Mortimer, John Hamilton

, an English artist, at one time of considerable fame, was born at Eastbourne in the county of Sussex, in November 1739. His father, who was a collector of the customs at that port, was descended from Mortimer earl of March, and a man of most respectable character. His uncle was an itinerant painter, of merit much above mediocrity; from frequently seeing his productions, the nephew imbibed an early fondness for that art, which he afterwards practised with considerable success. His taste for the terrific he is said to have acquired from the scenery of the place, and the tribe of ferocious smugglers, whom it was his father’s duty to watch, whose countenances, unsoftened by social intercourse, were marked with that savage hardihood, which he afterwards so much admired, and sometimes imitated, in the banditti of Salvator Rosa.

His parents placed him with Mr. Hudson, the most eminent painter of that day, with whom he continued three years, the fellow-pupil of Wright of Derby. He was afterwards twelve months with sir Joshua Reynolds, who had left Hudson about a year before Mortimer became his pupil; but the great school of his improvement was the duke of Richmond’s gallery, which he long attended with great assiduity, and to so good a purpose, that Cipriani and Mr. Moser recommended him to the peculiar attention of that nobleman, who was very desirous of retaining him in his house, but the offer was rejected.

When the society for the encouragement of arts, manufactures, and commerce, gave premiums for the best historical pictures, Mortimer contended for the prize with


Owen’s Cambrian Biography. The Cambrian Register, vol. II. —Gent. Mag. vol. LIX.

| Huytfian and several other artists, painted a picture of St. Paul converting the Britons, was adjudged worthy of the palm, and received one hundred guineas as a reward for his superiority, and an encouragement to his perseverance. -This picture, at a future day, became the property of Dr. Bates of Great Missenden, and, in 1778, was by him presented to the church of Chipping-Wycombe in Buckinghamshire, of which it now forms the altar-piece. At the time of painting it he was an inhabitant of Covent-garden parish, and lived in the piazza, where he contracted an intimacy with Charles Churchill, Lloyd, and several other eccentric characters, more distinguished by the brilliancy of their wit, than the regularity of their conduct. He afterwards removed to a r^ouse in the church-yard of the same parish, and resided there until the year 1775, when he married, and removed to Norfolk-street, where he lived four years during the winter, but in the summer months, pursued his professional studies at a house at Aylesbury in Buckinghamshire. In this retirement, secluded from the society to whom he had, in early life, devoted many of his hours, he recovered his health, gave a new tone to his mind, and cultivated his art with more enthusiastic ardour.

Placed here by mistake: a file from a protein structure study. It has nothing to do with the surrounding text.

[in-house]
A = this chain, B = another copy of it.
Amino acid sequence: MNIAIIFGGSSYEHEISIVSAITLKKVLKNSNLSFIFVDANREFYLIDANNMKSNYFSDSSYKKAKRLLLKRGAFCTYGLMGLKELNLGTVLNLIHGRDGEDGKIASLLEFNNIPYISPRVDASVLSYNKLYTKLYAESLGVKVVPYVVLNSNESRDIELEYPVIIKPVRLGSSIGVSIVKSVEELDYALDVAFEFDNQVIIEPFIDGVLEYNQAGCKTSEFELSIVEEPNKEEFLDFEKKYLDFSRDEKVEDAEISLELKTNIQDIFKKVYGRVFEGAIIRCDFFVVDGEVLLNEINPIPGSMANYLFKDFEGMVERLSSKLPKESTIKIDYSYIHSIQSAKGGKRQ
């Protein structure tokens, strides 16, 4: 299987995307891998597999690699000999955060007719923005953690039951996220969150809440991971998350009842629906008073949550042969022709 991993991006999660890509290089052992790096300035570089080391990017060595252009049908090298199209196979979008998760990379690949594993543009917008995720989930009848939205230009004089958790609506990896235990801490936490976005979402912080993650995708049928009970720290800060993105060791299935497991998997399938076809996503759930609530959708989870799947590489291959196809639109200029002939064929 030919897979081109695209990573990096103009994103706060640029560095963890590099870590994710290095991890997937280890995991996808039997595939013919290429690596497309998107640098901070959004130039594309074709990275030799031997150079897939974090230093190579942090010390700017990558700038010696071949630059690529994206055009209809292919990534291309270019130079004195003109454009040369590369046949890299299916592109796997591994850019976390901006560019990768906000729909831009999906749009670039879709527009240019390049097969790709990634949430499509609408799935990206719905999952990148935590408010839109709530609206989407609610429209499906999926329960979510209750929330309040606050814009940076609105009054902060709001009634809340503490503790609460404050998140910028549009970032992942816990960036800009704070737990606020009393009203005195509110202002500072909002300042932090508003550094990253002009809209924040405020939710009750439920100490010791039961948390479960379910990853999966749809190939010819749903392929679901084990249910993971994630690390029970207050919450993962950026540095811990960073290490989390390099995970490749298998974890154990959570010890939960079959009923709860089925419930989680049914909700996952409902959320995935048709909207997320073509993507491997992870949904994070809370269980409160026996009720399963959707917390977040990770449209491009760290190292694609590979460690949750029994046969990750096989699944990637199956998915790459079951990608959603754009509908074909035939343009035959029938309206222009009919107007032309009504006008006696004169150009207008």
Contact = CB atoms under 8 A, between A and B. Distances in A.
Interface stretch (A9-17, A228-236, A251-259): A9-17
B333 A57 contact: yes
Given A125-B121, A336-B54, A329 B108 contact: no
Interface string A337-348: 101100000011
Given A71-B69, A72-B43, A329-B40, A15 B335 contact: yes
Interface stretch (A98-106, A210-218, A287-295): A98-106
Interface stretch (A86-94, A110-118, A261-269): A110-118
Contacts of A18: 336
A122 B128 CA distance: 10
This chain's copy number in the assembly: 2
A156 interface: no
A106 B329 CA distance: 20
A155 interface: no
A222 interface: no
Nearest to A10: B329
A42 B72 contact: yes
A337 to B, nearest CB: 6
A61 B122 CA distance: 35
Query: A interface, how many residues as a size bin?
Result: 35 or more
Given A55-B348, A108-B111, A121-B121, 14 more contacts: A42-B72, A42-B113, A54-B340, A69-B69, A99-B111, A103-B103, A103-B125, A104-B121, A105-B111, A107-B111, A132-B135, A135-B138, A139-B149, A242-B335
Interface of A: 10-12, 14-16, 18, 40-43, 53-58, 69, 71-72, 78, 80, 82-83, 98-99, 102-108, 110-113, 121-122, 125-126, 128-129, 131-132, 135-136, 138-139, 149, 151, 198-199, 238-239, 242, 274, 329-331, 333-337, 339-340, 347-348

He had hitherto been a member of the society of artists of Great Britain, who exhibited at the room now called the Lyceum in the Strand, but, in the year 1779, without expectation or solicitation, he was, by the especial grant of his majesty, created a royal academician, but did not live to see the diploma for, on the 4th of February 1779, deeply regretted by all who had the honour and happiness of his friendship, after an illness of only twelve days, he died at his house in Norfolk-street. His fame has been thought to rest on his picture of king John granting Magna Charta to the Barons, Battle of Agincourt, Vortigern and Rowena, the Incantation, the Series of the Progress of Vice, and the Sir Arthegull from' Spenser. His favourite subjects were of the grotesque or horrible kind; incantations, monsters, or representations of banditti and soldiers in violent actions. The attempts at real character which he made (and of which he has left us etchings) from some of Shakspeare’s most celebrated heroes, are weak and untrue; they leave us nothing to regret in his not having indulged himself in more of the like kind, except for the freedom, with which they are executed. They were very highly | extolled in his time, but the improvement in art and taste which the country has since experienced, has given us more accurate ideas of art, and more just discrimination between character and caricature. 1


Pilkington.—Edwards’s Continuation of Walpole, &c.—The highest character bestowed on him is in the edition of Pilkington, published in 1798; but Fuseli and other critics since have made heavy deductions from the lavish praises of that article.